One of the exciting features of Starry Night is the ability to simulate your local landscape by adding 360º photos of your own backyard and favorite observing sites. By default Starry Night comes with several photorealistic horizons that you can use when viewing from the Earth. This section will help you learn the basics on how to add your own custom horizons! Not only can you make your own photorealistic horizons for Earth, but also for any planet and many moons in the solar system.
If you’d like to share your own photorealistic landscape with other Starry Night users, you can submit your final work to us (no .zip files please).
Note: Photorealistic horizons require an OpenGL capable graphics card. If you want to replace or edit one of our existing horizons, you need to remove both the "cache" folder and the related "dds" folder found under Sky Data/Horizon Panoramas.
Horizon Panoramas Folder
The photorealistic landscapes are stored in a folder named “Horizon Panoramas”. In Windows you can find this folder under Starry Night <product name>\Sky Data on your local hard drive. On a Mac, Ctrl-click on the Starry Night application and select "Show Package Contents" from its contextual menu. Open the Contents-Resources-Sky Data-Horizon Panoramas folder.
This folder contains a number of images and text files. Notice that each image has a corresponding text file. The image is the completed panorama image and the text file describes how this image will be inserted in Starry Night along with a number of options that will be described below (See Text file Considerations).
Your custom image with the occupying text file must be placed in the “Horizon Panoramas” folder in order for them to be loaded into Starry Night.
We will use the Earth_01Grass.psd and Earth_01Grass.txt files, located in the “Horizon Panoramas” folder, as examples in this help file.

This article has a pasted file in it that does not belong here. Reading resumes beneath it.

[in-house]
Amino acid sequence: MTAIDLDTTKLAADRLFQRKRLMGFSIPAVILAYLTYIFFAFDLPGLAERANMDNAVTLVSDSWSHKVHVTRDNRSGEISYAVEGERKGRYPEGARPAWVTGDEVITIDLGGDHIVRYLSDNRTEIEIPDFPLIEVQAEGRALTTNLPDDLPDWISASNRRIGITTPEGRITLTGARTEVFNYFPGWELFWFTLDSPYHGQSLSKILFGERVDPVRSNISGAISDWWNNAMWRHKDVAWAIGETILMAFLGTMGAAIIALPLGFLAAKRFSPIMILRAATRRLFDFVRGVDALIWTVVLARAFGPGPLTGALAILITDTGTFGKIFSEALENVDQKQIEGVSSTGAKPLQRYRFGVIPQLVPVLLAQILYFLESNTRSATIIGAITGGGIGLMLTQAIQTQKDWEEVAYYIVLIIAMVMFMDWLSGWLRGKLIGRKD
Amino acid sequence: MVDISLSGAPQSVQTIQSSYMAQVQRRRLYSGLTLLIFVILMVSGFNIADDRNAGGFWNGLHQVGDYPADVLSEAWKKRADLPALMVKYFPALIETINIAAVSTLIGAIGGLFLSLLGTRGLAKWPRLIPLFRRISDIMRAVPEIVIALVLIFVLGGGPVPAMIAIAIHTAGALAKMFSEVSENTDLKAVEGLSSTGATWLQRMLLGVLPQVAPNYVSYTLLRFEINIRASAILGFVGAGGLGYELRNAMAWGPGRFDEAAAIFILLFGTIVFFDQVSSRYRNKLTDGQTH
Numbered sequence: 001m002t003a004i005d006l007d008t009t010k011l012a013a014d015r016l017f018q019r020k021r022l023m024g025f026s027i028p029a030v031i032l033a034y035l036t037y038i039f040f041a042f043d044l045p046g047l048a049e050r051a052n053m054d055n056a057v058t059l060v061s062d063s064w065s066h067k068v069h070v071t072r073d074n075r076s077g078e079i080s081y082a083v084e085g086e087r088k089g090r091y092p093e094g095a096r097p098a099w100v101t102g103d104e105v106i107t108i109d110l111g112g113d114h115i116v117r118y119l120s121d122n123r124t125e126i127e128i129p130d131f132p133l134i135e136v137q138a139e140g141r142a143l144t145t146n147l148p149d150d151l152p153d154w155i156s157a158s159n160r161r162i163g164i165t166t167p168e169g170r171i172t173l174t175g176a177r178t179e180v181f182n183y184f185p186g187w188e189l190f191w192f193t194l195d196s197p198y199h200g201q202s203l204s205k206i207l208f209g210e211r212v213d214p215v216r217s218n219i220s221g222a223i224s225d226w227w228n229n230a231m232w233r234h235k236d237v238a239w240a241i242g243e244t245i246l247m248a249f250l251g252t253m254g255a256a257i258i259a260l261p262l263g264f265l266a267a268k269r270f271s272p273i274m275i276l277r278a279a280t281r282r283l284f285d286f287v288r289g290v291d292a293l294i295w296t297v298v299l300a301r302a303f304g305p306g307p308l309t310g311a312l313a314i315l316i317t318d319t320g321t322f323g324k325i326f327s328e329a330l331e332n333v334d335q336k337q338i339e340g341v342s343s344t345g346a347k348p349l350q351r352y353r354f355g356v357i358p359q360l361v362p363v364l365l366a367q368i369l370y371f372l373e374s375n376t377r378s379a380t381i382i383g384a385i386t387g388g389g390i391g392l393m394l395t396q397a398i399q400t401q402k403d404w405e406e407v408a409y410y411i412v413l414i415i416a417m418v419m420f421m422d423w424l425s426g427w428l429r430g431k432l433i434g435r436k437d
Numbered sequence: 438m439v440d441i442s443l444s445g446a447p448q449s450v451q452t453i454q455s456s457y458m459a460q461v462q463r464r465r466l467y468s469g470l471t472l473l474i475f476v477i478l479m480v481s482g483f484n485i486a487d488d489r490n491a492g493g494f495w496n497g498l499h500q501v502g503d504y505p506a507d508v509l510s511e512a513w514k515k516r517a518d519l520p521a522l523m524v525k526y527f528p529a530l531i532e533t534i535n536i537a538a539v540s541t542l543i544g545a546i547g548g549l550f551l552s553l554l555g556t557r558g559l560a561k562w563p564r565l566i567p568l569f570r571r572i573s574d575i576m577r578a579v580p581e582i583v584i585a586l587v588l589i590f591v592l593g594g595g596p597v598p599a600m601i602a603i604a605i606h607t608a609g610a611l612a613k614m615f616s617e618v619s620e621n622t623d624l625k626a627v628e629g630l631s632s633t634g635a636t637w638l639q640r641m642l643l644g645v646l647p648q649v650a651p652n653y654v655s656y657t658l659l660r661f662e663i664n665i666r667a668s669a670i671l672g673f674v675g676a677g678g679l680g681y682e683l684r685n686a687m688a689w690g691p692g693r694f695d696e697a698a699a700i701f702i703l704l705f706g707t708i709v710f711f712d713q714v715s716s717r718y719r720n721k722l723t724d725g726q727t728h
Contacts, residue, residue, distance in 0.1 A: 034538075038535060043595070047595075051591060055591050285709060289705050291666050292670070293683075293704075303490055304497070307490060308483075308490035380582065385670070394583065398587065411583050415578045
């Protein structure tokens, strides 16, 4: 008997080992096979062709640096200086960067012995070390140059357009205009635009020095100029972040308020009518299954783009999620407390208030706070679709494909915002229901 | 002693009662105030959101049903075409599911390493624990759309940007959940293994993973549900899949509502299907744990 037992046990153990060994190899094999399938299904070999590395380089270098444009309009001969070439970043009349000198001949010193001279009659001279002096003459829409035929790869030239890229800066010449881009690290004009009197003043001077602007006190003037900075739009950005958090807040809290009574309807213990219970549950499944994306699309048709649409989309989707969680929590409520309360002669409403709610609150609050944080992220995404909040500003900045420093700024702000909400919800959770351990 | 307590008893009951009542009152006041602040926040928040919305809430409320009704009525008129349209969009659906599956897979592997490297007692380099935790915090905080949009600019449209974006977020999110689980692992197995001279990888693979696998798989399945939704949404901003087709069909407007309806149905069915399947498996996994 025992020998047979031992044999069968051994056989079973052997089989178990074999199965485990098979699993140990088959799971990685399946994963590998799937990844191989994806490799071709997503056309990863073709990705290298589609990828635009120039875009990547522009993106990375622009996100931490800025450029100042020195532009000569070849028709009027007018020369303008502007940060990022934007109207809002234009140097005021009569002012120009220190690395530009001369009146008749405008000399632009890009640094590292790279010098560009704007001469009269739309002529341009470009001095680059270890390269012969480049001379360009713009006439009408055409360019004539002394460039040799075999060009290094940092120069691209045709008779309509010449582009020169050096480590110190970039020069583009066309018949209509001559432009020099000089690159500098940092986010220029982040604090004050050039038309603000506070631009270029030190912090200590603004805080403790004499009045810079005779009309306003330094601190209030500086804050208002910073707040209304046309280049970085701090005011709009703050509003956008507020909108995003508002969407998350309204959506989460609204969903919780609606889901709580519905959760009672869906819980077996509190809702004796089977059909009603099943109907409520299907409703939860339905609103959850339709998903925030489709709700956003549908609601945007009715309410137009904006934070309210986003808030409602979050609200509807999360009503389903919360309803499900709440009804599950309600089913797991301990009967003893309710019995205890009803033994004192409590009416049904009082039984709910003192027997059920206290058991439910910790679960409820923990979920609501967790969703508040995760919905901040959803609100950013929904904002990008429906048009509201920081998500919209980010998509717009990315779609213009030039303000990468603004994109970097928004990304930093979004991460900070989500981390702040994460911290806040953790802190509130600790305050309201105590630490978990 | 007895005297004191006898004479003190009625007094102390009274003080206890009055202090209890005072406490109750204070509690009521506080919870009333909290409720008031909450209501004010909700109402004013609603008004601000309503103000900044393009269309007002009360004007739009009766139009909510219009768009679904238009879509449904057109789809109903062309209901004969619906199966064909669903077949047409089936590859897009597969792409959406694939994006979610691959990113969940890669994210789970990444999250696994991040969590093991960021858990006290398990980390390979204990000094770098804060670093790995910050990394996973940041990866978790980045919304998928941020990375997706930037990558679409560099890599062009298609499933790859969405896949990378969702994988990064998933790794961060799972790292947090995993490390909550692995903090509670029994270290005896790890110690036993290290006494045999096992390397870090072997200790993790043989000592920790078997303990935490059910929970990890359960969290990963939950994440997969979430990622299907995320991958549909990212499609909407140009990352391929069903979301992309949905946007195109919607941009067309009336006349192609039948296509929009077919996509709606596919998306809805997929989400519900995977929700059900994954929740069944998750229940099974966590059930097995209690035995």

Taking 360º Landscape Images
Instruction on how to take images to construct a 360º panorama image is beyond the scope of this help file. Briefly, you take a series of single overlapping images to get a complete coverage of the horizon around you. You them stitch these images together to form a 360º image. Some digital cameras have panoramic modes that guide you through the process, making them quite handy in taking images to construct panoramas.
Your panorama image must have certain properties in order to work well in Starry Night.
- Must be a 360º degree panoramic image
- 8:1 aspect ratio: no less than 2048x256 pixels; recommended is 4096x512 pixels
- Image is in PSD (Photoshop) format
Image Processing Tips
The following tips for image processing make use of Photoshop, although other image editing programs can be used.
Step 1. Your raw images will look something like the ones below. The first step is to stitch them together to form a continuous panorama image whose ends match exactly. This is an important step and special care must be taken, otherwise seams will be visible in your final image. Several commercial packages are available to help you.
Step 2. The image below shows a stitched 360º panoramic image. This is the most challenging step in creating your own custom landscapes for use in Starry Night.
Step 3. After the image is stitched, use the eraser tool - or a skillful hand with the magic wand and delete key - and remove the sky from your image. The sky is not required because Starry Night will simulate it.
Step 4. The next important step is to add an Alpha channel. Select your 'solid' horizon and add an alpha channel. The black represents 'no transparency' (so that your foreground is opaque) and the white represents '100% transparency' (so that your horizon's sky is transparent and Starry Night can fill it in for you.) Consult your image editing software's manual on how to add an alpha channel to an image. Although optional, the Alpha channel allows you to only see the horizon in your final image.
Turning only the alpha channel on, results in the image below. Ensure that the white area represents the sky.